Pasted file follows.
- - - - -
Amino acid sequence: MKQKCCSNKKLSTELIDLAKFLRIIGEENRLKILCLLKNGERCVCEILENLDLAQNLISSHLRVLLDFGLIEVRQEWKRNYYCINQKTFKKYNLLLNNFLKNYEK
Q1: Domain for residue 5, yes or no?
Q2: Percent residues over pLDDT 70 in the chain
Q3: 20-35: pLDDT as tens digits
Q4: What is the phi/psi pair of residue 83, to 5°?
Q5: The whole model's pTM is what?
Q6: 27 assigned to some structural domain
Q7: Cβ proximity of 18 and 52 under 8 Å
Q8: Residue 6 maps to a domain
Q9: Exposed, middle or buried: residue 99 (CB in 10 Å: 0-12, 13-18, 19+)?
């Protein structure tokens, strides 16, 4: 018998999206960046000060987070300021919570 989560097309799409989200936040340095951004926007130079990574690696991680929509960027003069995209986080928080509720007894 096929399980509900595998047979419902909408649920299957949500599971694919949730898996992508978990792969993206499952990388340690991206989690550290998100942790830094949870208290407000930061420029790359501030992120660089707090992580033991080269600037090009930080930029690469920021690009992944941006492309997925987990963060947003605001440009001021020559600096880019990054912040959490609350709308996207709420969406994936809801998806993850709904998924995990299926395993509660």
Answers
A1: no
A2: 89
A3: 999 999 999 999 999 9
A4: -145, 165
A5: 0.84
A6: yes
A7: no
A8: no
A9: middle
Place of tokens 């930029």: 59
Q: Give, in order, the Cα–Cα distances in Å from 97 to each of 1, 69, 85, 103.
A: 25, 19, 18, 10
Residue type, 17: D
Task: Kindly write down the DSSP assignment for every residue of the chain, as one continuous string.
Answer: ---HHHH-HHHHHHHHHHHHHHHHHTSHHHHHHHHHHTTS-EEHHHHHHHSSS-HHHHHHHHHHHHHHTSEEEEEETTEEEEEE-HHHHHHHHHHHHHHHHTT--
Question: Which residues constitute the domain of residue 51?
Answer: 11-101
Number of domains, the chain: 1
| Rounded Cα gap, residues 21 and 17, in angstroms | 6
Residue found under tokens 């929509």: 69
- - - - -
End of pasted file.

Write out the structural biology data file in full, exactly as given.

Amino acid sequence: MKQKCCSNKKLSTELIDLAKFLRIIGEENRLKILCLLKNGERCVCEILENLDLAQNLISSHLRVLLDFGLIEVRQEWKRNYYCINQKTFKKYNLLLNNFLKNYEK
Q1: Domain for residue 5, yes or no?
Q2: Percent residues over pLDDT 70 in the chain
Q3: 20-35: pLDDT as tens digits
Q4: What is the phi/psi pair of residue 83, to 5°?
Q5: The whole model's pTM is what?
Q6: 27 assigned to some structural domain
Q7: Cβ proximity of 18 and 52 under 8 Å
Q8: Residue 6 maps to a domain
Q9: Exposed, middle or buried: residue 99 (CB in 10 Å: 0-12, 13-18, 19+)?
């Protein structure tokens, strides 16, 4: 018998999206960046000060987070300021919570 989560097309799409989200936040340095951004926007130079990574690696991680929509960027003069995209986080928080509720007894 096929399980509900595998047979419902909408649920299957949500599971694919949730898996992508978990792969993206499952990388340690991206989690550290998100942790830094949870208290407000930061420029790359501030992120660089707090992580033991080269600037090009930080930029690469920021690009992944941006492309997925987990963060947003605001440009001021020559600096880019990054912040959490609350709308996207709420969406994936809801998806993850709904998924995990299926395993509660």
Answers
A1: no
A2: 89
A3: 999 999 999 999 999 9
A4: -145, 165
A5: 0.84
A6: yes
A7: no
A8: no
A9: middle
Place of tokens 């930029």: 59
Q: Give, in order, the Cα–Cα distances in Å from 97 to each of 1, 69, 85, 103.
A: 25, 19, 18, 10
Residue type, 17: D
Task: Kindly write down the DSSP assignment for every residue of the chain, as one continuous string.
Answer: ---HHHH-HHHHHHHHHHHHHHHHHTSHHHHHHHHHHTTS-EEHHHHHHHSSS-HHHHHHHHHHHHHHTSEEEEEETTEEEEEE-HHHHHHHHHHHHHHHHTT--
Question: Which residues constitute the domain of residue 51?
Answer: 11-101
Number of domains, the chain: 1
| Rounded Cα gap, residues 21 and 17, in angstroms | 6
Residue found under tokens 């929509």: 69